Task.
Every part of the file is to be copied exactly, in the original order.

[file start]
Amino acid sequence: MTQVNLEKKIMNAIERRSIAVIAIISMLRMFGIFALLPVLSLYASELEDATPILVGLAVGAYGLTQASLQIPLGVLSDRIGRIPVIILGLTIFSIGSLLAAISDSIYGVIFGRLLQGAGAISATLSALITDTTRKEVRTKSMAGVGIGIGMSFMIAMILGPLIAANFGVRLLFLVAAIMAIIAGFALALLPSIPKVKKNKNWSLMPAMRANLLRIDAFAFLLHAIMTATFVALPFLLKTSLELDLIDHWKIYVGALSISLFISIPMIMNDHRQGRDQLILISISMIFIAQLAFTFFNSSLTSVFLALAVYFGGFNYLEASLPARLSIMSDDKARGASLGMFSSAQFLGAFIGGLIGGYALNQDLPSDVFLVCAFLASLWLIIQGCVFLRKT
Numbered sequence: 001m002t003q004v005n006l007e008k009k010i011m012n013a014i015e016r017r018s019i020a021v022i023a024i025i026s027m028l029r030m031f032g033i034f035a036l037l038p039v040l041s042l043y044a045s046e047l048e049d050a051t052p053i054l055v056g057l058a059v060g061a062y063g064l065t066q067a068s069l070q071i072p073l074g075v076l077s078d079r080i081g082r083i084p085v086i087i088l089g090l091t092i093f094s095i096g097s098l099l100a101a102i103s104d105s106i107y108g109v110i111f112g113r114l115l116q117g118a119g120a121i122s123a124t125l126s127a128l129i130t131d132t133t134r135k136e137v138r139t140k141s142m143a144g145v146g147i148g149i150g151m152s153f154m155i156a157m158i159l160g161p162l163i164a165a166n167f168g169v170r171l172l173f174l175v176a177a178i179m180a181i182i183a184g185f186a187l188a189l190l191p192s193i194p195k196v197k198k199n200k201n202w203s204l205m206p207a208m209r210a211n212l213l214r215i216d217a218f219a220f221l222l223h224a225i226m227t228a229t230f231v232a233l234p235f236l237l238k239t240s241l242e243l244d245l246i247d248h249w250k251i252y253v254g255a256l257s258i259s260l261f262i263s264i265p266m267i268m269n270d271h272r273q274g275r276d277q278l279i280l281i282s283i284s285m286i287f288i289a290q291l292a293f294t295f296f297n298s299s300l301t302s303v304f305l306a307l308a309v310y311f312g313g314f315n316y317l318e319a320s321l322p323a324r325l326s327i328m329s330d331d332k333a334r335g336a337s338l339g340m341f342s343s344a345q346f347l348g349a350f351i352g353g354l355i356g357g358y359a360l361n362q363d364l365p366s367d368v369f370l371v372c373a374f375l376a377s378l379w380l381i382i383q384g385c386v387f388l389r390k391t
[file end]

Amino acid sequence: MTQVNLEKKIMNAIERRSIAVIAIISMLRMFGIFALLPVLSLYASELEDATPILVGLAVGAYGLTQASLQIPLGVLSDRIGRIPVIILGLTIFSIGSLLAAISDSIYGVIFGRLLQGAGAISATLSALITDTTRKEVRTKSMAGVGIGIGMSFMIAMILGPLIAANFGVRLLFLVAAIMAIIAGFALALLPSIPKVKKNKNWSLMPAMRANLLRIDAFAFLLHAIMTATFVALPFLLKTSLELDLIDHWKIYVGALSISLFISIPMIMNDHRQGRDQLILISISMIFIAQLAFTFFNSSLTSVFLALAVYFGGFNYLEASLPARLSIMSDDKARGASLGMFSSAQFLGAFIGGLIGGYALNQDLPSDVFLVCAFLASLWLIIQGCVFLRKT
Numbered sequence: 001m002t003q004v005n006l007e008k009k010i011m012n013a014i015e016r017r018s019i020a021v022i023a024i025i026s027m028l029r030m031f032g033i034f035a036l037l038p039v040l041s042l043y044a045s046e047l048e049d050a051t052p053i054l055v056g057l058a059v060g061a062y063g064l065t066q067a068s069l070q071i072p073l074g075v076l077s078d079r080i081g082r083i084p085v086i087i088l089g090l091t092i093f094s095i096g097s098l099l100a101a102i103s104d105s106i107y108g109v110i111f112g113r114l115l116q117g118a119g120a121i122s123a124t125l126s127a128l129i130t131d132t133t134r135k136e137v138r139t140k141s142m143a144g145v146g147i148g149i150g151m152s153f154m155i156a157m158i159l160g161p162l163i164a165a166n167f168g169v170r171l172l173f174l175v176a177a178i179m180a181i182i183a184g185f186a187l188a189l190l191p192s193i194p195k196v197k198k199n200k201n202w203s204l205m206p207a208m209r210a211n212l213l214r215i216d217a218f219a220f221l222l223h224a225i226m227t228a229t230f231v232a233l234p235f236l237l238k239t240s241l242e243l244d245l246i247d248h249w250k251i252y253v254g255a256l257s258i259s260l261f262i263s264i265p266m267i268m269n270d271h272r273q274g275r276d277q278l279i280l281i282s283i284s285m286i287f288i289a290q291l292a293f294t295f296f297n298s299s300l301t302s303v304f305l306a307l308a309v310y311f312g313g314f315n316y317l318e319a320s321l322p323a324r325l326s327i328m329s330d331d332k333a334r335g336a337s338l339g340m341f342s343s344a345q346f347l348g349a350f351i352g353g354l355i356g357g358y359a360l361n362q363d364l365p366s367d368v369f370l371v372c373a374f375l376a377s378l379w380l381i382i383q384g385c386v387f388l389r390k391t